May 19th, 2014 by Patrick Hodgson
Who’s excited for National Golf Day 2014? WE ARE GOLF certainly is. Celebrating its seventh annual NGD, golf leaders and partners from several renowned organizations like the Club Managers Association of America and PGA of America will head to Capitol Hill to chat about the positive impact of golf. WE ARE GOLF plans to use NGD14 to highlight to Members of Congress how the game has funded $3.9 billion yearly in charity. Other areas of focus for NGD14 will include golf’s positive effect on fitness and the environment.
Steve Mona, CEO of World Golf Foundation (WGF) and administrator of WE ARE GOLF, says that the near $4 billion in charitable giving from golf is the finest in sports. In fact, you might be surprised to know that golf raises more money for charity than the big four of professional sports (NFL, NBA, MLB, NHL) combined. While that is a staggering statistic, perhaps more astonishing is the fact that the bulk of the funds get dispersed to causes unrelated to golf. A 2011 study by the National Golf Foundation found that from the 75% of U.S. golf properties that held 143,000 events that year, the sport averaged $26,300 per event. Despite NGD14 taking place on May 21, WE ARE GOLF and other golf devotees have taken to various social media channels to boast about these accomplishments by including the hashtags #NGD14 and #GivingBack. One of the ways that American Golf has contributed to charitable success in the sport is through our Golf Tournament Management website, which emphasizes an educational perspective and comprehensive resources.
“With Golf Tournament Management, we are helping a nationwide network of non-profits and community organizations become more profitable through seminars, courses, and services that are designed to craft ideas for fundraisers and help them maximize those efforts,” said Jennifer Tinney, National Director of Sales, Tournaments.
One of the most intriguing revelations from the GOLF 20/20 report from 2011 is that playing golf is a viable fitness choice. For example, individuals who play the game four times a week while walking the courses can cut out about 8,000 calories. WE ARE GOLF’s awareness campaign for fitness isn’t just about fancy stats. They are also a central contributor to Phit America, a non-profit association that tackles obesity. In addition, WE ARE GOLF and other key groups in the golf industry are huge supporters of legislative items such as the Personal Health Investment Today Act (PHIT) and Physical Education Program (PEP). PHIT allows individuals to use pre-tax medical accounts for costs related to physical activity. PEP gives educational institutions grants that are designed to rebuild health and fitness programs. On NGD14 it should be interesting to see if WE ARE GOLF leaders push congressional members to adopt further legislation that could compliment both PHIT and PEP.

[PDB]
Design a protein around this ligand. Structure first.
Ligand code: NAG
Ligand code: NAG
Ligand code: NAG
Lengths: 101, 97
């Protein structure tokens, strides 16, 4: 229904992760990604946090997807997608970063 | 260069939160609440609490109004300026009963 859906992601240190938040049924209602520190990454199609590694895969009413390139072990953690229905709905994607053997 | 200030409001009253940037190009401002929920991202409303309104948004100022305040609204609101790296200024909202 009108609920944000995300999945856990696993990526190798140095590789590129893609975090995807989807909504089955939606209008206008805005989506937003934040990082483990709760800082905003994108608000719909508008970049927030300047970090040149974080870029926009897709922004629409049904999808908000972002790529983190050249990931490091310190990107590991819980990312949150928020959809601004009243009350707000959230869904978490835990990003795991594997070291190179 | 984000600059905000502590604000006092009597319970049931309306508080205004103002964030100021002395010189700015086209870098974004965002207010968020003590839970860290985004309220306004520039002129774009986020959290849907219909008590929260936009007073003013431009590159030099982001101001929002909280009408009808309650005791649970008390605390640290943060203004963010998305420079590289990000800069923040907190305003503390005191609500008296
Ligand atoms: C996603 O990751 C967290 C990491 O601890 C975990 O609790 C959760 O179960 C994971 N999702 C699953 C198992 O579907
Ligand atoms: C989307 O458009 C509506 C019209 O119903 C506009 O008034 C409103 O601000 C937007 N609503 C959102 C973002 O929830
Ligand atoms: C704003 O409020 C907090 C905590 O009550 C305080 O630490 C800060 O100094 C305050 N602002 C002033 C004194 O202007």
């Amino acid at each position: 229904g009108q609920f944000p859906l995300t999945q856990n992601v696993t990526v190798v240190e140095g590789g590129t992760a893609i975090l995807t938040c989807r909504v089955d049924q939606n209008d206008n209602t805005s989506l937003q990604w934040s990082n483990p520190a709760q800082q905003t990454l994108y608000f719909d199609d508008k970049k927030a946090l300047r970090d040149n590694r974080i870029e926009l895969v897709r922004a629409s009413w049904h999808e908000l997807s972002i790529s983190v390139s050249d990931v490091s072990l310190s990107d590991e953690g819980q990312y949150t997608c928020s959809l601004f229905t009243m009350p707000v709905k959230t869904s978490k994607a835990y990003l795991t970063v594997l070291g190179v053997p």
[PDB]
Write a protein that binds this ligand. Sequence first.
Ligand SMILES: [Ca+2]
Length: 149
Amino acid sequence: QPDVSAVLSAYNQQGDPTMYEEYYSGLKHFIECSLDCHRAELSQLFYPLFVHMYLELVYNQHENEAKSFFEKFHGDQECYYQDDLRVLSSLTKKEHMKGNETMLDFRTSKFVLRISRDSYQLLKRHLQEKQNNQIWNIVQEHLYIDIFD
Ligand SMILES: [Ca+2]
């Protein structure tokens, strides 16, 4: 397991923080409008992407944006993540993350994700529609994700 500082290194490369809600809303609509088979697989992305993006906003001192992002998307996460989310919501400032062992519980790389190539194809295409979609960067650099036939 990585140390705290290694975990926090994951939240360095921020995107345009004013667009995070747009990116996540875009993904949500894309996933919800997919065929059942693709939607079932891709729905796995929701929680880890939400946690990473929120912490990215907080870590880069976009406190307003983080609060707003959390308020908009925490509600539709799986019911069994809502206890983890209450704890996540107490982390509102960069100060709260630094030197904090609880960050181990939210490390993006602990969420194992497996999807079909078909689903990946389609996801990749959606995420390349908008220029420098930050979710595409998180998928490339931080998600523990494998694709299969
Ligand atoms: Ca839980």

WE ARE GOLF’s environmental agenda should be a particular topic of interest for those interested in growing the game of golf. For instance, golf is the only sport globally that has an eco-label from the Rain Forest Alliance and Forest Stewardship Council. That’s quite impressive since the typical 18-hole golf course contains 50 acres of rough, 30 acres of fairway, six acres of greens and tees, 24 acres of forest and 11 acres of water. Because golf courses in the U.S. account for more than two million acres of green space that is essential to a strong eco-system, there is optimism for sustainability. What potential outcomes might arise from this discussion, especially on the subject of developing and renovating courses for less irrigation?
NGD14 should be a thrilling day for the golf industry. It will be a moment in which WE ARE GOLF shows why golf is so imperative to society. If you’re feeling the spirit of golf and want to promote NGD14, share posts on your social media accounts, use the #NGD14, and spread the word. We are golf!